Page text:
Training hard for something so challenging that wasn’t even an official race was a hard concept for me to wrap my mind around. I was inspired by one of my friends who hardly ever runs races, but never slacks on training. I’d follow his Strava and seeing his workouts motivated me to get out the door everyday. My coworkers, neighbors, family and friends were all so excited for me to do this challenge too and their encouragement helped me through it.
[TAYTE] What is it like to run 100 miles all by yourself? How does the experience compare running solo vs a real race?
[ALEJANDRO] I have run five 100 milers, but every one has been such a different experience. I can’t say I have them down to a science yet! This one was supposed to be challenging mentally because of the loops, physically because of the elevation and rolling hills, and easier logistically. Unfortunately, the logistics also became a challenge because my gel packs did not arrive and I had crew at two aid stations bail last minute. This left me stuck with largely only liquid calories and one aid station on a 14.5-mile loop.
In a normal race, I’ll place myself in the mid to back of the pack and start conversations with runners. That wasn’t an option this time and it was difficult to gauge my pace without others around. There were several points throughout the run that I found myself questioning why I was doing this. There would be no glory, medal, finisher jacket, or crowd yelling at me at the finish line. My pacers helped me out of these mental funks. I eventually realized that I’d regret it if I stopped and I set out to finish no matter what the time said on the clock. I knew that if I could just finish I’d be able to accomplish something not many people would ever attempt to do. It was by far the most mentally and logistically challenging run I’ve ever done, but without a doubt one of the most rewarding. I ran/jogged 96 of the 100 miles, which made me feel great about my fitness and training.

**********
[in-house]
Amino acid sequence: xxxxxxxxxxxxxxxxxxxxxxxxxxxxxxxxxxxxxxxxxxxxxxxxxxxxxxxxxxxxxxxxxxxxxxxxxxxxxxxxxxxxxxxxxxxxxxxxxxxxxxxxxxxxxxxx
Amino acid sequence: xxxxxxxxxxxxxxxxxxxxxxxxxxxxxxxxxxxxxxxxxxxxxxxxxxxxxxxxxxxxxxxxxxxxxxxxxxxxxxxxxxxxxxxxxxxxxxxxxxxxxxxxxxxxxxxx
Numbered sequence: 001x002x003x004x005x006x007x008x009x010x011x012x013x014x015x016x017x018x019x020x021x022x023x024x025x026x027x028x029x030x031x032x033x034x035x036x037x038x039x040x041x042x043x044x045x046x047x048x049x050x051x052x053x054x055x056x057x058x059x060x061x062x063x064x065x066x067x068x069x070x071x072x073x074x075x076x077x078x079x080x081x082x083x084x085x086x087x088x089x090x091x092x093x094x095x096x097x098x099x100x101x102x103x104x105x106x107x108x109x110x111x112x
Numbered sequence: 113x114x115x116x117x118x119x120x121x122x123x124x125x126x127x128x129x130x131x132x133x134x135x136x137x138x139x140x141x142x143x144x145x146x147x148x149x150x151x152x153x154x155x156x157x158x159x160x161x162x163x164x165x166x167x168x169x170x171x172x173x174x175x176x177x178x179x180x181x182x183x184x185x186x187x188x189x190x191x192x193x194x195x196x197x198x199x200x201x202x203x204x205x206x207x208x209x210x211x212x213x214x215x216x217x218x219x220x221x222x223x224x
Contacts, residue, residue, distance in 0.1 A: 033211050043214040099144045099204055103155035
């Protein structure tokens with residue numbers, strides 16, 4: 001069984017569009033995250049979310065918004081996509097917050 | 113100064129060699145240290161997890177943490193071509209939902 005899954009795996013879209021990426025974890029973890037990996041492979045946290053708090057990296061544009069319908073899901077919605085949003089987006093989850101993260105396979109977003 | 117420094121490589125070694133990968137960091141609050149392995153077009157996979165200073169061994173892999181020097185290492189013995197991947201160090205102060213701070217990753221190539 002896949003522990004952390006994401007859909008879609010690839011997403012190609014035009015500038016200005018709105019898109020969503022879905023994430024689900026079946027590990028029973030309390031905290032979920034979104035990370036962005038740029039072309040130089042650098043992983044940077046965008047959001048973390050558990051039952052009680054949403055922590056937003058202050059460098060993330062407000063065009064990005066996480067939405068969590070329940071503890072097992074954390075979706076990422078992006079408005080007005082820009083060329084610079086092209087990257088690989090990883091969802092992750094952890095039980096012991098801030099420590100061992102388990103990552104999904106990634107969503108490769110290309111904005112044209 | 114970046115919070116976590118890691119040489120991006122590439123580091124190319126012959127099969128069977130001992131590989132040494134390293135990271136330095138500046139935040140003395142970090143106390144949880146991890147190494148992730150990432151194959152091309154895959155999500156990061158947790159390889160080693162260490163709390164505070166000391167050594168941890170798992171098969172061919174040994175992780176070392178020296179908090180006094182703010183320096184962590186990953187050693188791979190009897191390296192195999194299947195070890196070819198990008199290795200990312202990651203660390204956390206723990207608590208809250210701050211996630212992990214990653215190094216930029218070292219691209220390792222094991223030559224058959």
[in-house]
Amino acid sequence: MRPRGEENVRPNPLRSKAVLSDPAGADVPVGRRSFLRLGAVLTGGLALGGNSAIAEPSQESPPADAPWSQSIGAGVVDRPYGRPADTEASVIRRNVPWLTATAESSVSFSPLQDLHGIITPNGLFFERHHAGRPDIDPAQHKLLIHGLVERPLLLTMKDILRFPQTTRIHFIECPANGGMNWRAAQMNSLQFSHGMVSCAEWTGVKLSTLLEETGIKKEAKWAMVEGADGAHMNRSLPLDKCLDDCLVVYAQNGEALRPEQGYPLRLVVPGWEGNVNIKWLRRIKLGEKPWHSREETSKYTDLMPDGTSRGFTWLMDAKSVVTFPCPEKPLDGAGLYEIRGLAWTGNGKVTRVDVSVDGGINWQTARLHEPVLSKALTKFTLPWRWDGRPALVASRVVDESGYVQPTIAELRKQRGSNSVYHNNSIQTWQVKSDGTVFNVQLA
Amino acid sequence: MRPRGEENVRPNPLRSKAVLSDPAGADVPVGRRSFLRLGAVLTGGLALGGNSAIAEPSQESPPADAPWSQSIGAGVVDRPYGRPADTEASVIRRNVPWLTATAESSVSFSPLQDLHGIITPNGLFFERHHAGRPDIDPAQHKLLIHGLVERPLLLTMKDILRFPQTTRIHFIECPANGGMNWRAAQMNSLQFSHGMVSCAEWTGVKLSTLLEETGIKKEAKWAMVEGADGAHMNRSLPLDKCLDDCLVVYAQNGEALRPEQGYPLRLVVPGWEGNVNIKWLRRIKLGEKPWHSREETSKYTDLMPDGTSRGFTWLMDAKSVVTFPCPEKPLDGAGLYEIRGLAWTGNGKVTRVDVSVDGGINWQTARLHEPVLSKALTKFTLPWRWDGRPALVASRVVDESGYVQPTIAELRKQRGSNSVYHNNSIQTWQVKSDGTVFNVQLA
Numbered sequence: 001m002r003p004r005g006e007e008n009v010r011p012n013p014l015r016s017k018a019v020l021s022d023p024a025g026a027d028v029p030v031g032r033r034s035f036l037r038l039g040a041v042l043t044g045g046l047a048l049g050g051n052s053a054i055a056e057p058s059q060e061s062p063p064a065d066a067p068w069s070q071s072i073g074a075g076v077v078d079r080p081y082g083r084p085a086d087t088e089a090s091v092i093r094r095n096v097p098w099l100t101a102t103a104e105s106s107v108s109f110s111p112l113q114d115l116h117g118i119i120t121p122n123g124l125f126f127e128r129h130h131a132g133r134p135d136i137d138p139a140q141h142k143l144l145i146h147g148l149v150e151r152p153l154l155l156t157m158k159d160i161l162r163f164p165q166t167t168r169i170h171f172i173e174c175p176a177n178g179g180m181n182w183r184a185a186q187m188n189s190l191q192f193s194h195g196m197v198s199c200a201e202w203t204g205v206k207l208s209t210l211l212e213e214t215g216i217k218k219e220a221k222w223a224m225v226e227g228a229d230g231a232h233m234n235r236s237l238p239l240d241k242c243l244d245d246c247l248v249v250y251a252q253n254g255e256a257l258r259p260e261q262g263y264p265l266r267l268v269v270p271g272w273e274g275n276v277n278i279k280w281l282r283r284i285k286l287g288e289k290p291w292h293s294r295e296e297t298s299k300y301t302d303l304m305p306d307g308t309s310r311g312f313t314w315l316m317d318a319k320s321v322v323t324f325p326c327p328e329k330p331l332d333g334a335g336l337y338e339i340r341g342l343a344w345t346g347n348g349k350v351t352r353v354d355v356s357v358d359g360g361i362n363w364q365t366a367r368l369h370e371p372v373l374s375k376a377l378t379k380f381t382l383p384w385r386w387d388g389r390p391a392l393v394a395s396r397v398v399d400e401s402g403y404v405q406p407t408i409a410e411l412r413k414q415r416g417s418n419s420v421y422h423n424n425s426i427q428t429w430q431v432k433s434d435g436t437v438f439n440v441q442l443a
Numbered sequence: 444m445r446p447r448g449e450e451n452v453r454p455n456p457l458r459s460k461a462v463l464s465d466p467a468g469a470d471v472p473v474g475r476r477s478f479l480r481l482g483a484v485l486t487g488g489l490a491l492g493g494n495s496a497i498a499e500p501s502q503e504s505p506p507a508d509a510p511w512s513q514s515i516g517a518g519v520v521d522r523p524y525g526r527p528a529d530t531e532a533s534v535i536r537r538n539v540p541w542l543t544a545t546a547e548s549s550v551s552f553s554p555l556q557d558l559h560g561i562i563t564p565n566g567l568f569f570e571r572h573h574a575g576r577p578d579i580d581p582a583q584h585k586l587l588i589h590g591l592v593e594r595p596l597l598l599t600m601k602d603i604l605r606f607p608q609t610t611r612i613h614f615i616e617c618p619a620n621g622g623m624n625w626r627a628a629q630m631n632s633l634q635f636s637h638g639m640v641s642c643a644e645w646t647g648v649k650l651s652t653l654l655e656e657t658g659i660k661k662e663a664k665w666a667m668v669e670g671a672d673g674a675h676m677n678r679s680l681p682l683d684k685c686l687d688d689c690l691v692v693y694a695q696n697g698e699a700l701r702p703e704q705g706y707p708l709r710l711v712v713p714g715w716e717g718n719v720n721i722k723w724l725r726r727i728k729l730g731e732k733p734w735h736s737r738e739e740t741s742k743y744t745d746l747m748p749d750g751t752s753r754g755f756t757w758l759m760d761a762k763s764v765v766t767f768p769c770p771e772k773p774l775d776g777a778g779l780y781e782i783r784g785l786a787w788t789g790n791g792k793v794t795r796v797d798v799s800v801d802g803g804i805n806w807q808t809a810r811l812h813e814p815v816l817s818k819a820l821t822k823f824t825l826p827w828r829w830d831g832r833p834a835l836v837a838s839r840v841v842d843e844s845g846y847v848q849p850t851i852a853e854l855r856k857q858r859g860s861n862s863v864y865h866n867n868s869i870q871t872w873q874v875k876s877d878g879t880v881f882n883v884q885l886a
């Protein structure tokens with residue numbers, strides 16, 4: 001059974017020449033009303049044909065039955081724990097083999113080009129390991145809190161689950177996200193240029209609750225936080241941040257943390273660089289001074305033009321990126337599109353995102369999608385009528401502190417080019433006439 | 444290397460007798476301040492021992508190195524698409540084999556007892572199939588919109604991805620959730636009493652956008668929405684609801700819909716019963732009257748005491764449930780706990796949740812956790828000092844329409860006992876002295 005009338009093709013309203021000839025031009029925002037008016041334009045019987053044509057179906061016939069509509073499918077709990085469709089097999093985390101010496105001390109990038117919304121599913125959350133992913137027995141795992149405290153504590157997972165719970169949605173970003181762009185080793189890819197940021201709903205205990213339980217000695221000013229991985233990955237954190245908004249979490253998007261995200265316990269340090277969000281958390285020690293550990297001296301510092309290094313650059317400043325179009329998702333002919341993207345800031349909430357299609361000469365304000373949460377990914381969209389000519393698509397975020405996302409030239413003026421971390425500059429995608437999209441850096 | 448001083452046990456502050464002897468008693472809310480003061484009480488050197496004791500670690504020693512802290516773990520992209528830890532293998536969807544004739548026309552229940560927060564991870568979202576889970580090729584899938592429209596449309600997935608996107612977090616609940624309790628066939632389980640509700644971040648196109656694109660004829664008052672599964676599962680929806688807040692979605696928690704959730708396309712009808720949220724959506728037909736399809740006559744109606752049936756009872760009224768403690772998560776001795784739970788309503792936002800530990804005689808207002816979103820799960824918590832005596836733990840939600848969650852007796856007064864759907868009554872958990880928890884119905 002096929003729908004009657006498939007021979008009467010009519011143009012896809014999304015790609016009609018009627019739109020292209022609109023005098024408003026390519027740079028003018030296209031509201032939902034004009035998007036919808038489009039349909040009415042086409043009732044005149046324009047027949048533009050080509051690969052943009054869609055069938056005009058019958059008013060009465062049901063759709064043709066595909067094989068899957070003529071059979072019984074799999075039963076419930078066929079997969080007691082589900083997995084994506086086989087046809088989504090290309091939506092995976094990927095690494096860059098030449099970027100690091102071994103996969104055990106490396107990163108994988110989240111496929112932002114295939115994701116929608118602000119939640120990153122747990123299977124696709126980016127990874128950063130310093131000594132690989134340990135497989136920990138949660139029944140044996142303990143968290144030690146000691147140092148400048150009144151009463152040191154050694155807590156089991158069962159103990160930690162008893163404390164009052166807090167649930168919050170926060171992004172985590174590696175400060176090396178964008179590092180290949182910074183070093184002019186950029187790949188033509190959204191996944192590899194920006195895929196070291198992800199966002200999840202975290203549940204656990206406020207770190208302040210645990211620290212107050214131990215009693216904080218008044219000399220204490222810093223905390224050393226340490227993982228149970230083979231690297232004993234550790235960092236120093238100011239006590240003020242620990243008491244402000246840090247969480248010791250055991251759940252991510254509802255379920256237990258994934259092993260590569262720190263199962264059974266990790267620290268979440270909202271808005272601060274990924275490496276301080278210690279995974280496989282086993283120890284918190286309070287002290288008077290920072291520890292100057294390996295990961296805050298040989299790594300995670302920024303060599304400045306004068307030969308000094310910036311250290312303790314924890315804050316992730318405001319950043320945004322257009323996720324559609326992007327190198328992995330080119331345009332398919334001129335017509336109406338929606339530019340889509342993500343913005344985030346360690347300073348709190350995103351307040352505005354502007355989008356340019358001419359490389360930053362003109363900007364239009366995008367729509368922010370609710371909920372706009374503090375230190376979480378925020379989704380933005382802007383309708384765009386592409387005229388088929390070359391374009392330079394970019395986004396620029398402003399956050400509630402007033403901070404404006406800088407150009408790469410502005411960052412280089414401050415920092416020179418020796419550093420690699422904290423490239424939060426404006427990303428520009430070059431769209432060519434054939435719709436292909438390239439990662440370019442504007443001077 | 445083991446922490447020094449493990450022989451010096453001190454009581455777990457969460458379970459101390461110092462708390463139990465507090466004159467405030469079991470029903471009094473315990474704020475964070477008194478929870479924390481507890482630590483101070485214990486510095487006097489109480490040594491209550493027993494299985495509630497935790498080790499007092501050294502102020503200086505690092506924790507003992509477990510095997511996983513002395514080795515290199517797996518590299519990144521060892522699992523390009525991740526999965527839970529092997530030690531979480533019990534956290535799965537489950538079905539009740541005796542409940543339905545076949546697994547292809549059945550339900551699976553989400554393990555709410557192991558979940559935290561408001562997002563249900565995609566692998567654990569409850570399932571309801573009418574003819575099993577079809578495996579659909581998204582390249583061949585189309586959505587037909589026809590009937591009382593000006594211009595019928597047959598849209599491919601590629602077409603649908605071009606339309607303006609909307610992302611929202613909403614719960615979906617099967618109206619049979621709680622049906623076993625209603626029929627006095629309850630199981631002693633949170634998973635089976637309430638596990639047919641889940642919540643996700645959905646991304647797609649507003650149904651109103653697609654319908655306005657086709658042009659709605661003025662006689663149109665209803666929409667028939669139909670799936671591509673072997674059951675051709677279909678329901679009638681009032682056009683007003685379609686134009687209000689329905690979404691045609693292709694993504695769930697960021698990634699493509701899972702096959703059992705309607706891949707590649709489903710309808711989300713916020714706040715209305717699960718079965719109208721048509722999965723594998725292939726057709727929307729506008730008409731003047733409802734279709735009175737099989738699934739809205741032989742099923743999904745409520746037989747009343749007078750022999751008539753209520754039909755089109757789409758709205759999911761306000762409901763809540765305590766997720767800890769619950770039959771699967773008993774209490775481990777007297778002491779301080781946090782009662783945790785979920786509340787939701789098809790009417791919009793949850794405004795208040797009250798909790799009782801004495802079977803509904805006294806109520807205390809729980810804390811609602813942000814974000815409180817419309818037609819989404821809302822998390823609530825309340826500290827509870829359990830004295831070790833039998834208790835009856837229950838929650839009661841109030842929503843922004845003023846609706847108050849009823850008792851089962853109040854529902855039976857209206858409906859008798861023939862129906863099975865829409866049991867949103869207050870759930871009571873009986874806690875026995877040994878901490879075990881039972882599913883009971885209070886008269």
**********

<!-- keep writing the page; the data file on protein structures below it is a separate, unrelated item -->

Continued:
[TAYTE] Was there something in particular that helped you get through this challenge?
[ALEJANDRO] Definitely my friends and family, but also my appreciation for what running means to me during this pandemic. I often see the news and feel like the world is falling apart these days, yet running is a constant. It is something I have control over. I decide how long and how far I run and having that sense of grounding has made me appreciate my running even more.
[TAYTE] What advice would you give to someone whose race has also been cancelled?
[ALEJANDRO] Continue looking for ways to find meaning in your running. To me, trail running is all about pushing your own limits, chasing new personal records and trying new distances. That’s what this100-mile time trial was all about.
[TAYTE] What tips would you give to someone considering running their own 100-mile time trial?
[ALEJANDRO] Buy your gels locally so you don’t risk having them not arrive in time. It’s also a good idea to have a means to warm up food for when it gets cold during the night. Overall, enjoy the experience and don’t worry so much about your pace/time. Have fun!